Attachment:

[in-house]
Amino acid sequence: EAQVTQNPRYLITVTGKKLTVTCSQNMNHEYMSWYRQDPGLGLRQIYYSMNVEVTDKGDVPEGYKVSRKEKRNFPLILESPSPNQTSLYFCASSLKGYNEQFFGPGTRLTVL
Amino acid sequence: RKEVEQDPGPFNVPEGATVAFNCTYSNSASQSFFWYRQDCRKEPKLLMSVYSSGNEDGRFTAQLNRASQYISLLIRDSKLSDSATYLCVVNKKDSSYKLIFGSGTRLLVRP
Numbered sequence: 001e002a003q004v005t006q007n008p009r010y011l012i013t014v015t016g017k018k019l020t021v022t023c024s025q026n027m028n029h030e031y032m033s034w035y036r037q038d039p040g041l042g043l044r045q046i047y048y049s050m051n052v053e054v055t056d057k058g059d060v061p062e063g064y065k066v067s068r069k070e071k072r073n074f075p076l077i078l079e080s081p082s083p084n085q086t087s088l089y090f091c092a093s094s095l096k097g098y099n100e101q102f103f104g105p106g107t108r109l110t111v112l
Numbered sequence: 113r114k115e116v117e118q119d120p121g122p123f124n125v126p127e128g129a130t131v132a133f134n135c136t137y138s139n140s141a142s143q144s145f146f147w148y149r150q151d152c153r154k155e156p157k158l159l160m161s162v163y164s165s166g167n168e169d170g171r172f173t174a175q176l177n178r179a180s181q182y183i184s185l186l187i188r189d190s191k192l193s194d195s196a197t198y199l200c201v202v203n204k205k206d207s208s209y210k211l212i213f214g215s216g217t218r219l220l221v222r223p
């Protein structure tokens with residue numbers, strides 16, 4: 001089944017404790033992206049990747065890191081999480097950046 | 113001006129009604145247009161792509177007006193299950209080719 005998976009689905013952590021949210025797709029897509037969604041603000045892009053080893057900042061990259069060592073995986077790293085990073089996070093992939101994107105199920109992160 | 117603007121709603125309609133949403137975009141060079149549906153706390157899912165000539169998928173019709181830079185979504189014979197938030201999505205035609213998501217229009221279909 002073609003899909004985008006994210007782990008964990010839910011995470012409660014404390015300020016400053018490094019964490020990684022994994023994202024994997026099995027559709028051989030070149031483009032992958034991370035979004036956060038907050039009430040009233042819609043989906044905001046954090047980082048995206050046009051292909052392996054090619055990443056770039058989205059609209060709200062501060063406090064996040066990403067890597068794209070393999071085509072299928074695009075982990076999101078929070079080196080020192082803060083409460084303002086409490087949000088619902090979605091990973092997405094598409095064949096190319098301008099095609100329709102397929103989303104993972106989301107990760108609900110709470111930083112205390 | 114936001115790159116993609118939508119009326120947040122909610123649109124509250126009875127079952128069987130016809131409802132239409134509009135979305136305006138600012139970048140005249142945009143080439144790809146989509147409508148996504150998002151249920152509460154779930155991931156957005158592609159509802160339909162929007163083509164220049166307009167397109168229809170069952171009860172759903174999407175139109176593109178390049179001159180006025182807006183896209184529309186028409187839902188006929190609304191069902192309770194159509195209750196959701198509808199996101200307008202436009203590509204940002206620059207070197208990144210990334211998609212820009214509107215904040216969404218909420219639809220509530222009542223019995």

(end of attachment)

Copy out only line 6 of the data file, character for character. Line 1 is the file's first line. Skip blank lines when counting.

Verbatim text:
């Protein structure tokens with residue numbers, strides 16, 4: 001089944017404790033992206049990747065890191081999480097950046 | 113001006129009604145247009161792509177007006193299950209080719 005998976009689905013952590021949210025797709029897509037969604041603000045892009053080893057900042061990259069060592073995986077790293085990073089996070093992939101994107105199920109992160 | 117603007121709603125309609133949403137975009141060079149549906153706390157899912165000539169998928173019709181830079185979504189014979197938030201999505205035609213998501217229009221279909 002073609003899909004985008006994210007782990008964990010839910011995470012409660014404390015300020016400053018490094019964490020990684022994994023994202024994997026099995027559709028051989030070149031483009032992958034991370035979004036956060038907050039009430040009233042819609043989906044905001046954090047980082048995206050046009051292909052392996054090619055990443056770039058989205059609209060709200062501060063406090064996040066990403067890597068794209070393999071085509072299928074695009075982990076999101078929070079080196080020192082803060083409460084303002086409490087949000088619902090979605091990973092997405094598409095064949096190319098301008099095609100329709102397929103989303104993972106989301107990760108609900110709470111930083112205390 | 114936001115790159116993609118939508119009326120947040122909610123649109124509250126009875127079952128069987130016809131409802132239409134509009135979305136305006138600012139970048140005249142945009143080439144790809146989509147409508148996504150998002151249920152509460154779930155991931156957005158592609159509802160339909162929007163083509164220049166307009167397109168229809170069952171009860172759903174999407175139109176593109178390049179001159180006025182807006183896209184529309186028409187839902188006929190609304191069902192309770194159509195209750196959701198509808199996101200307008202436009203590509204940002206620059207070197208990144210990334211998609212820009214509107215904040216969404218909420219639809220509530222009542223019995």